The Georgia Bikes Blog

Staff changes at Georgia Bikes

After six great years, I am moving on from Georgia Bikes to pursue a new position as the GA/SC Coordinator for the East Coast Greenway.

I am deeply grateful for the opportunity to have worked with a statewide movement for safer streets in Georgia. I give my heartfelt thanks to everyone who has served on the Board of Georgia Bikes, guiding me and building this scrappy nonprofit from humble beginnings to the strong and growing organization it is today. Thank you to everyone who ever supported our work, volunteered, or donated money to keep the lights on!

Thank you, especially, to all these outstanding champions for better bicycling in Georgia: Paul, Joyce, and the Serrano family, Bruce, Ken and everyone at Bike Law, Aileen and the Georgia Municipal Association, ALTA planners (past and present), Rebecca and all y'all at ABC, Byron, Corey, Julio, Tyler, John, Katelyn, Mikki, Franklin, Chantelle, Walt and Joanne and too many others to name. Huge thanks to everyone who has been a Board member, volunteer, or staffer at a local advocacy organization in Georgia. It has been an honor to know and work with you, and I am confident great things are in store from the momentum we have built together.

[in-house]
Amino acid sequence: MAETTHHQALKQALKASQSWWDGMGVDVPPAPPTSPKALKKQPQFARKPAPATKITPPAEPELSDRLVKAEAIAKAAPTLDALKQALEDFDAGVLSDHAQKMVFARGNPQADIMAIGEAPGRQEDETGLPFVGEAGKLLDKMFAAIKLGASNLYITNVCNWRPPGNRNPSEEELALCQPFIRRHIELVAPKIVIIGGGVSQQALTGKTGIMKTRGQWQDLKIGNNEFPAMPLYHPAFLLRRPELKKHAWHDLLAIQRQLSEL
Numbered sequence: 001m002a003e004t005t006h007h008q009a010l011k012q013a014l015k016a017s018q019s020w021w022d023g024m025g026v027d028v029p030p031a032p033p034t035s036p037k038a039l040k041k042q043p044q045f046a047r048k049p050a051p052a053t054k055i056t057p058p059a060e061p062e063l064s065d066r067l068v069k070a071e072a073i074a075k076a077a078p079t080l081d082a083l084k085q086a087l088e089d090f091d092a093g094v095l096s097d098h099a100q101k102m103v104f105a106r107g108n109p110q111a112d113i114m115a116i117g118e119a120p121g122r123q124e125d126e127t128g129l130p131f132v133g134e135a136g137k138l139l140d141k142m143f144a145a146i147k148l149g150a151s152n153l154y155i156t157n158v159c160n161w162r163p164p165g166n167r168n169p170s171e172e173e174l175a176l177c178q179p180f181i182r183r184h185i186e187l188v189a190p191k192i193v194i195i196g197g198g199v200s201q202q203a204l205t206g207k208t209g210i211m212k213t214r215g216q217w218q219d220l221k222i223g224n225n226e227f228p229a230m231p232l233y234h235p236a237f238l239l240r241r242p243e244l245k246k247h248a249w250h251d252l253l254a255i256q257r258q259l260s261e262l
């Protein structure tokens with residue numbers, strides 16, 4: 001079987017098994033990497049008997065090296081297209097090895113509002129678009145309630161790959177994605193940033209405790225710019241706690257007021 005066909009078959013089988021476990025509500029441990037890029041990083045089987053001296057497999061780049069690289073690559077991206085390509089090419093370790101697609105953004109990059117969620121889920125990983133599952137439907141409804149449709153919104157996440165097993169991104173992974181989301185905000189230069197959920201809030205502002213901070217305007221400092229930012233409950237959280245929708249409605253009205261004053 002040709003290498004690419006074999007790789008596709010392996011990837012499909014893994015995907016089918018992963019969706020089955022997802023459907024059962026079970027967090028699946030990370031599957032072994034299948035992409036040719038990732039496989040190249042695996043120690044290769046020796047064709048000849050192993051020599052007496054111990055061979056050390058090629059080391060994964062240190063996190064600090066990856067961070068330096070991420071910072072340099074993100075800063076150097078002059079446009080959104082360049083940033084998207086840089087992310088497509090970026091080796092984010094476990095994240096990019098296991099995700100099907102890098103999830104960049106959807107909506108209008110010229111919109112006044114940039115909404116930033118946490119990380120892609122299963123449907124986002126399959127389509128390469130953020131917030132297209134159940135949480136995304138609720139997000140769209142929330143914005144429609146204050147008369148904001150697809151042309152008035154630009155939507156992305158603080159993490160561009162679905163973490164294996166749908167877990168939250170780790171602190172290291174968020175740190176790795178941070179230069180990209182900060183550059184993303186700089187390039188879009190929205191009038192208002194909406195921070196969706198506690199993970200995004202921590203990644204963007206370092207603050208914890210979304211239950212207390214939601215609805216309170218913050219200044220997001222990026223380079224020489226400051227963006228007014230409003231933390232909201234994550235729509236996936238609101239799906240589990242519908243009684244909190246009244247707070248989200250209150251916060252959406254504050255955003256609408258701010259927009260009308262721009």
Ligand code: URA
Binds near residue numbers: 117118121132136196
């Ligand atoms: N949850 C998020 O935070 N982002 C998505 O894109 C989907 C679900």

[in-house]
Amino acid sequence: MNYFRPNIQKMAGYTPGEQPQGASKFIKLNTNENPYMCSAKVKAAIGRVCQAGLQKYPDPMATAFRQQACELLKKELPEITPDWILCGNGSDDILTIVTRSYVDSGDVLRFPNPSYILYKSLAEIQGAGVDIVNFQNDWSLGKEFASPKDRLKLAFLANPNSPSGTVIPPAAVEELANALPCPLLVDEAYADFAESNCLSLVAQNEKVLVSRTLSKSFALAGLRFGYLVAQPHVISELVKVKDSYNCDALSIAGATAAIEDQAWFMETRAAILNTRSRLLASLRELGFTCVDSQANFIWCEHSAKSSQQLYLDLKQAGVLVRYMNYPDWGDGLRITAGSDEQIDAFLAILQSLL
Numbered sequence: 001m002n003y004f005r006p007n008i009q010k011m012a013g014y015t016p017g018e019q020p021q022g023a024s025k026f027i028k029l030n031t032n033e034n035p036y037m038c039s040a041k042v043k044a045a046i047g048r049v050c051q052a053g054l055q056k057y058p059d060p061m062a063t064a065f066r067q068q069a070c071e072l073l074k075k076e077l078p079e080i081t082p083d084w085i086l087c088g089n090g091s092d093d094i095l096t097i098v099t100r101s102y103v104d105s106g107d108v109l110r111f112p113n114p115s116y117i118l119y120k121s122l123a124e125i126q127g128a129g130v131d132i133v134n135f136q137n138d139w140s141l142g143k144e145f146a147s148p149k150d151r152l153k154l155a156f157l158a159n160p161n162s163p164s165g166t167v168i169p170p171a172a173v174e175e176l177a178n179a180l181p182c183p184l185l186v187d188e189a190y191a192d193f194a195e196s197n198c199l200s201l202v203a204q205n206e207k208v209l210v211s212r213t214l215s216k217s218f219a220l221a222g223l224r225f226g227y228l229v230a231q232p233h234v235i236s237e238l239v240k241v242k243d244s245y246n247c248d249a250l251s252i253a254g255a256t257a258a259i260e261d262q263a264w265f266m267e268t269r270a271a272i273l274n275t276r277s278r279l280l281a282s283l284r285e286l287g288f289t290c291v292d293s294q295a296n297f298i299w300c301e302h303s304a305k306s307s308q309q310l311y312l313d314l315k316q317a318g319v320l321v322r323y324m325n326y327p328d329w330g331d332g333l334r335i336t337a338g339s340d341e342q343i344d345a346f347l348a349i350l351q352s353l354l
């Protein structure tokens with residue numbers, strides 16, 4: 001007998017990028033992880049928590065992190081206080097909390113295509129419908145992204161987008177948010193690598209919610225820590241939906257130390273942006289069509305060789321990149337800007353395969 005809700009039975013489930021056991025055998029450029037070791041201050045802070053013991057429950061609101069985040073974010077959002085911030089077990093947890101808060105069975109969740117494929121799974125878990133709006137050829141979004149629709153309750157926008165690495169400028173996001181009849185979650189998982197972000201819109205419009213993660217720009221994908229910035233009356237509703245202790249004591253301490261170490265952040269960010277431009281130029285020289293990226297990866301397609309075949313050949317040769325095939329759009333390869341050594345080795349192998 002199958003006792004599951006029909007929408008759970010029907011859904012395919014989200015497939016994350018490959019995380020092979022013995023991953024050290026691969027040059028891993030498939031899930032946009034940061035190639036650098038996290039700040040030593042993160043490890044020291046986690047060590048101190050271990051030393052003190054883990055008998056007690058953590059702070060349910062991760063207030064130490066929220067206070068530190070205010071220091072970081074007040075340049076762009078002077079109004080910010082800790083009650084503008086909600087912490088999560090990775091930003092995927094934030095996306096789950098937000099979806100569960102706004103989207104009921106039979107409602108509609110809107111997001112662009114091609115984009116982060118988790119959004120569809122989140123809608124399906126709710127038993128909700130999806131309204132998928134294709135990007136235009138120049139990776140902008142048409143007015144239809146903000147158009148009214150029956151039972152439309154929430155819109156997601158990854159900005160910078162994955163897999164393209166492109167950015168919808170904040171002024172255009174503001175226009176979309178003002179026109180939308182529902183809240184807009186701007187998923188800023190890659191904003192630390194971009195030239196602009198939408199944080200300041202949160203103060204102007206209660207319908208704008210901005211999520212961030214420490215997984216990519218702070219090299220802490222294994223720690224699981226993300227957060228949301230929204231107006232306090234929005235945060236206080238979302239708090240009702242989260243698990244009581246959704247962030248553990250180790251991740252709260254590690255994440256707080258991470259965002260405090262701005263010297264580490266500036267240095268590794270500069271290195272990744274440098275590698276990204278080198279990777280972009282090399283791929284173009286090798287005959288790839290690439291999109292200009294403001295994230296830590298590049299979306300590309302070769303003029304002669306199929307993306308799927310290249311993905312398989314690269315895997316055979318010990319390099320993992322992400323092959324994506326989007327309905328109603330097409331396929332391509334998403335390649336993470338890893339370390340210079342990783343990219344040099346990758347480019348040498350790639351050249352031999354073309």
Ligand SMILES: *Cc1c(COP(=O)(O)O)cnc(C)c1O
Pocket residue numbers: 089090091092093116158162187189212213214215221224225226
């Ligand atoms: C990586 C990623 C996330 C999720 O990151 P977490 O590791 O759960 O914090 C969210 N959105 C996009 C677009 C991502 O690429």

If you live or work on the coast, you’re not through with me yet! I look forward to partnering with you to make the exciting vision of the East Coast Greenway a reality.